Cybersecurity is a critical but often misunderstood aspect of companies’ technology infrastructures. Here’s how business and technology leaders can ensure that important corporate assets remain safe.
Companies are using all kinds of sophisticated technologies and techniques to protect critical business assets. But the most important factor in any cybersecurity program is trust. It undergirds all the decisions executives make about tools, talent, and processes. Based on our observations, however, trust is generally lacking in many organizations’ cybersecurity initiatives—in part, because of competing agendas. Senior business leaders and the board may see cybersecurity as a priority only when an intrusion occurs, for instance, while the chief security officer and his team view security as an everyday priority, as even the most routine website transactions present potential holes to be exploited.
This lack of trust gives rise to common myths about cybersecurity—for instance, about the types of threats that are most relevant, the amount of spending required to protect critical data, and even about which data sets are most at risk. Perceptions become facts, trust erodes further, and cybersecurity programs end up being less successful than they could be. If incidence of breaches has been light, for instance, business leaders may tighten the reins on the cybersecurity budget until the CIO or other cybersecurity leaders prove the need for further investment in controls—perhaps opening themselves up to attack. Conversely, if threats have been documented frequently, business leaders may reflexively decide to overspend on new technologies without understanding that there are other, nontechnical remedies to keep data and other corporate assets safe.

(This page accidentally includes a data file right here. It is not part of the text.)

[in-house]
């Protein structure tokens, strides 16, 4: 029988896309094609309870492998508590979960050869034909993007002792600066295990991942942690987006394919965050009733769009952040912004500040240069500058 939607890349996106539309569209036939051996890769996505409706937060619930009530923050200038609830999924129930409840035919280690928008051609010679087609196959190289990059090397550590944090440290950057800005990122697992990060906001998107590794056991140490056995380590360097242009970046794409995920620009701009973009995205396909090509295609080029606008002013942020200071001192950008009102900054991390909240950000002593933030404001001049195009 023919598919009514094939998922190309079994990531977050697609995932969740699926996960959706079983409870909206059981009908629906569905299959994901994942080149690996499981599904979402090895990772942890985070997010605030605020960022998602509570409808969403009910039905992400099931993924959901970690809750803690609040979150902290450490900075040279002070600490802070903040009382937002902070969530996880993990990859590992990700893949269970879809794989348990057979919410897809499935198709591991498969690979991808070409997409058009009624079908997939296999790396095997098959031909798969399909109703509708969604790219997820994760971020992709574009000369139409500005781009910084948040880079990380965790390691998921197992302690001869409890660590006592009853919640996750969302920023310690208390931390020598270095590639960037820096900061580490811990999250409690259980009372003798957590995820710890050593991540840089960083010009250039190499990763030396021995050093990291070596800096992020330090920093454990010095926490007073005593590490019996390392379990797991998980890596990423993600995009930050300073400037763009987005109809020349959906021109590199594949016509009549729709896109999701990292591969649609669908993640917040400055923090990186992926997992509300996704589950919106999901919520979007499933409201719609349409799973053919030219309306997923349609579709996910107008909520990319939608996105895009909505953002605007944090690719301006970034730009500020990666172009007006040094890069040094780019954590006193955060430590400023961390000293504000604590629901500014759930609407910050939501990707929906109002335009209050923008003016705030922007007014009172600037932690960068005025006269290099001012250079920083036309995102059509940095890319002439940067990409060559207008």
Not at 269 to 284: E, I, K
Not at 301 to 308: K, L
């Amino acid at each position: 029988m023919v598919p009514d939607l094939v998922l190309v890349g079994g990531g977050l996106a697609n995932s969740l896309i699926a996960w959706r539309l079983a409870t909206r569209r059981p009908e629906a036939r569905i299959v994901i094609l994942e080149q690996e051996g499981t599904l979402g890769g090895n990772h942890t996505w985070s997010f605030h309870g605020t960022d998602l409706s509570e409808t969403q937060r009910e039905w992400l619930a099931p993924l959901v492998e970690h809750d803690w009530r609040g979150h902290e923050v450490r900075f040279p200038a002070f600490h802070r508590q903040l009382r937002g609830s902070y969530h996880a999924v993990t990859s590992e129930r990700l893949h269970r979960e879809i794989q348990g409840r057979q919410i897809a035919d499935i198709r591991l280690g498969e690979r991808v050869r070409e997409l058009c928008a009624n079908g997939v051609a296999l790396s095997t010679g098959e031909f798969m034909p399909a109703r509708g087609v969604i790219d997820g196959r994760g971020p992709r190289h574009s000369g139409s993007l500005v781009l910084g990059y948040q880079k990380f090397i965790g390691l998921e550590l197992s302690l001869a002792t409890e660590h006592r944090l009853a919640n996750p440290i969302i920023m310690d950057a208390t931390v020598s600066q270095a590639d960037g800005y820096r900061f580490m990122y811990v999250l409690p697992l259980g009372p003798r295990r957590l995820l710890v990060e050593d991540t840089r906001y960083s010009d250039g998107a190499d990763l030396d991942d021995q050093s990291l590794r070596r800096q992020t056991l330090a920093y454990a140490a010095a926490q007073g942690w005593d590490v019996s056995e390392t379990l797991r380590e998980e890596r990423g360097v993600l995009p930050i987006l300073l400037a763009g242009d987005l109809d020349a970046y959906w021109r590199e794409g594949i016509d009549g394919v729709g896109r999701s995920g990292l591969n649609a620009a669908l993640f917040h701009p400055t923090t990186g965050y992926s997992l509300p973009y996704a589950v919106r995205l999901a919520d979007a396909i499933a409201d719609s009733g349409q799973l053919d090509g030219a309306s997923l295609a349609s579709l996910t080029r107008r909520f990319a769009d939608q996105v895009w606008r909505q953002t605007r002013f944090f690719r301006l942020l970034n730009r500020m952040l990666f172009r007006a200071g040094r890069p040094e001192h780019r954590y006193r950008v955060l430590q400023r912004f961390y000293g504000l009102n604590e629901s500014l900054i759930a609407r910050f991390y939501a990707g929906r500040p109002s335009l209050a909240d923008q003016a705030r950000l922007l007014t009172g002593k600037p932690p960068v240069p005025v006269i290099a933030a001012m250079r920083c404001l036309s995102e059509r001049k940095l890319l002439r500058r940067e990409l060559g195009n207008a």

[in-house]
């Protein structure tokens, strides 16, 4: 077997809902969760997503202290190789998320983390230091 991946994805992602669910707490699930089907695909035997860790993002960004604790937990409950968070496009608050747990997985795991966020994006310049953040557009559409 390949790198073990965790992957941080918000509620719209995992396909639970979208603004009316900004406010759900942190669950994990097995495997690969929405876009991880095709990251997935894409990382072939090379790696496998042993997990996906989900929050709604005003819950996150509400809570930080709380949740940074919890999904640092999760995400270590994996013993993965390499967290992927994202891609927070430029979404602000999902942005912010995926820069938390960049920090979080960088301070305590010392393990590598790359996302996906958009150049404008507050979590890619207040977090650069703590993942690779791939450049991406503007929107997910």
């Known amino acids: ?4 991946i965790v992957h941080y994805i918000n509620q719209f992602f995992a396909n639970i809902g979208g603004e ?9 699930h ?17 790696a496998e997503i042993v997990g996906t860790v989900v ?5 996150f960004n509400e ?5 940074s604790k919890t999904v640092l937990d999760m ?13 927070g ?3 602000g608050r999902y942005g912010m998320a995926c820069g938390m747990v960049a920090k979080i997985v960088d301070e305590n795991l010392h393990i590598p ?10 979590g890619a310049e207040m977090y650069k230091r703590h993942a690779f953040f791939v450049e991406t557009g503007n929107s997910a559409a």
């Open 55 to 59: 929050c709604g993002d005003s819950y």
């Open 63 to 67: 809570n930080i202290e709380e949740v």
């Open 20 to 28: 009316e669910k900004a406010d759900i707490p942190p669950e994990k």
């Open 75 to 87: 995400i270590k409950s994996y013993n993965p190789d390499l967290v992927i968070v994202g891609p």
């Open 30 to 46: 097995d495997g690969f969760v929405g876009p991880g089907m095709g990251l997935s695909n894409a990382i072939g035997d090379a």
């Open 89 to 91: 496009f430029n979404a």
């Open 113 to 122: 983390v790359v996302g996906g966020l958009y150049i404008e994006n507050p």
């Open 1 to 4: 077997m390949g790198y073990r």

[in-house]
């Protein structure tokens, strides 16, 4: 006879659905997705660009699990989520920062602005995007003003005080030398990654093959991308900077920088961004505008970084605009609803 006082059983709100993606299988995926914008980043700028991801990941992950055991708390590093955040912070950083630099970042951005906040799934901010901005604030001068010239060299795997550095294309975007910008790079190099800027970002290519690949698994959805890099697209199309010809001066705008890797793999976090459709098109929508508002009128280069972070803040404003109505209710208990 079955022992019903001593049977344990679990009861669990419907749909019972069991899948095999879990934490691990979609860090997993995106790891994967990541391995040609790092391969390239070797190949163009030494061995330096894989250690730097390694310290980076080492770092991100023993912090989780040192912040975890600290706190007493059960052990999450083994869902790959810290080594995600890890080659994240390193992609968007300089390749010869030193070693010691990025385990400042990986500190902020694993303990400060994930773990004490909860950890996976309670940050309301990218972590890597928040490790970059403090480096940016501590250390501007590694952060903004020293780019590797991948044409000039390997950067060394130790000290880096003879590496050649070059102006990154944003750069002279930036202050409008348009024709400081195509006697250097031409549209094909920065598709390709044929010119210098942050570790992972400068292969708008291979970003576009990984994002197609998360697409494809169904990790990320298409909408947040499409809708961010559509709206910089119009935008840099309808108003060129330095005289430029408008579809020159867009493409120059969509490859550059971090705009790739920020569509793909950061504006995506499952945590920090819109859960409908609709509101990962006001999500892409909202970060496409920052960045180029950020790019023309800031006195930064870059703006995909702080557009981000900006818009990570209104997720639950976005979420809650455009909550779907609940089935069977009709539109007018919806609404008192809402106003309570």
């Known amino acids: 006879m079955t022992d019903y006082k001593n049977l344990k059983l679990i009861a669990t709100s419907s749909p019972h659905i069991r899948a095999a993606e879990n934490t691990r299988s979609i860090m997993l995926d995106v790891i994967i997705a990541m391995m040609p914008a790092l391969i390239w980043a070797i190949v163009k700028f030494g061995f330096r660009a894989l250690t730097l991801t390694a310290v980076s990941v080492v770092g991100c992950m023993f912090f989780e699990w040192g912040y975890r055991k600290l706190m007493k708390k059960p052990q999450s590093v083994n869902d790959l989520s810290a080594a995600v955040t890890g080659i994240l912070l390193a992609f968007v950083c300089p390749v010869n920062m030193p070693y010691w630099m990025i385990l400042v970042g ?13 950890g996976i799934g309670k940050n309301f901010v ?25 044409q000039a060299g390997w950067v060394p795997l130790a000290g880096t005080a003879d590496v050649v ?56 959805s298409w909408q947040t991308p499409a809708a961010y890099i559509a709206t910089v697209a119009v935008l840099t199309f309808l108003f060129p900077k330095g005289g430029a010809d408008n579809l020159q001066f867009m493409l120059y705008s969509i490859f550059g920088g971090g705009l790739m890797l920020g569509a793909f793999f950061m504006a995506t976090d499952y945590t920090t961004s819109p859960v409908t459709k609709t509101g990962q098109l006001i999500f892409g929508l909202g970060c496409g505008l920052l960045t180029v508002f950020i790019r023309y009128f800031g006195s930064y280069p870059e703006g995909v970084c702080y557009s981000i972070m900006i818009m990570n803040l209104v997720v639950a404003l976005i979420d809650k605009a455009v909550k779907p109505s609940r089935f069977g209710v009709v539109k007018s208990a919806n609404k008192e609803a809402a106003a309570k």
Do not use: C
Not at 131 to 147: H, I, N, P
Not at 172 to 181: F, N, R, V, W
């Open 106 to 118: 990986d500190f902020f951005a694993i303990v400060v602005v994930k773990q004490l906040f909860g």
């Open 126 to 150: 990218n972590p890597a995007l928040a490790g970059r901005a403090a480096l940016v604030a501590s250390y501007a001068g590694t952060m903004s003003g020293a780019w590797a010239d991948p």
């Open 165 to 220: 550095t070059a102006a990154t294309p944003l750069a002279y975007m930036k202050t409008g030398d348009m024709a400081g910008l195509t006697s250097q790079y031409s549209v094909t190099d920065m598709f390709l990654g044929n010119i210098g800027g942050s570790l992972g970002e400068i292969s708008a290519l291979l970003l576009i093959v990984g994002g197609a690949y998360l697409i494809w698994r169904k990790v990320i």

In our experience, when there is greater transparency about companies’ cybersecurity programs, and trust among the various stakeholders, companies reap significant benefits. Businesses can make better decisions about their security priorities and response plans, as well as the training and investments required to hold attackers at bay. In this article, we explore four common myths executives tend to believe about cybersecurity, and we suggest joint actions business and IT executives can take to create more transparency and understanding company-wide about the technologies and processes that are most effective for protecting critical business information.
Separating myths from facts
Based on our work with companies across industries and geographies, we’ve observed that business and cybersecurity leaders fall under the sway of four core myths when discussing or developing protection programs for corporate assets.
Myth 1: All assets in the organization must be protected the same way
Not all data are created with equal value. The customer data associated with a bank’s credit-card program or a retailer’s loyalty-card program are of greater value than the generic invoice numbers and policy documents that companies generate in-house. Companies don’t have endless resources to protect all data at any cost, and yet most deploy one-size-fits-all cybersecurity strategies. When faced with a request from the IT organization for more funding for cybersecurity, C-suite leaders tend to approve it reflexively (particularly in the wake of a recent security breach) without a more detailed discussion of trade-offs—for instance, how much is “too much” to spend on protecting one set of critical data versus another? Or if the company protects all external-facing systems, what kind of opportunities is it missing by not bringing suppliers into the fold (using appropriate policies and governance approaches)? Indeed, most business executives we’ve spoken with acknowledge a blind spot when it comes to understanding the return they are getting on their security investments and associated trade-offs.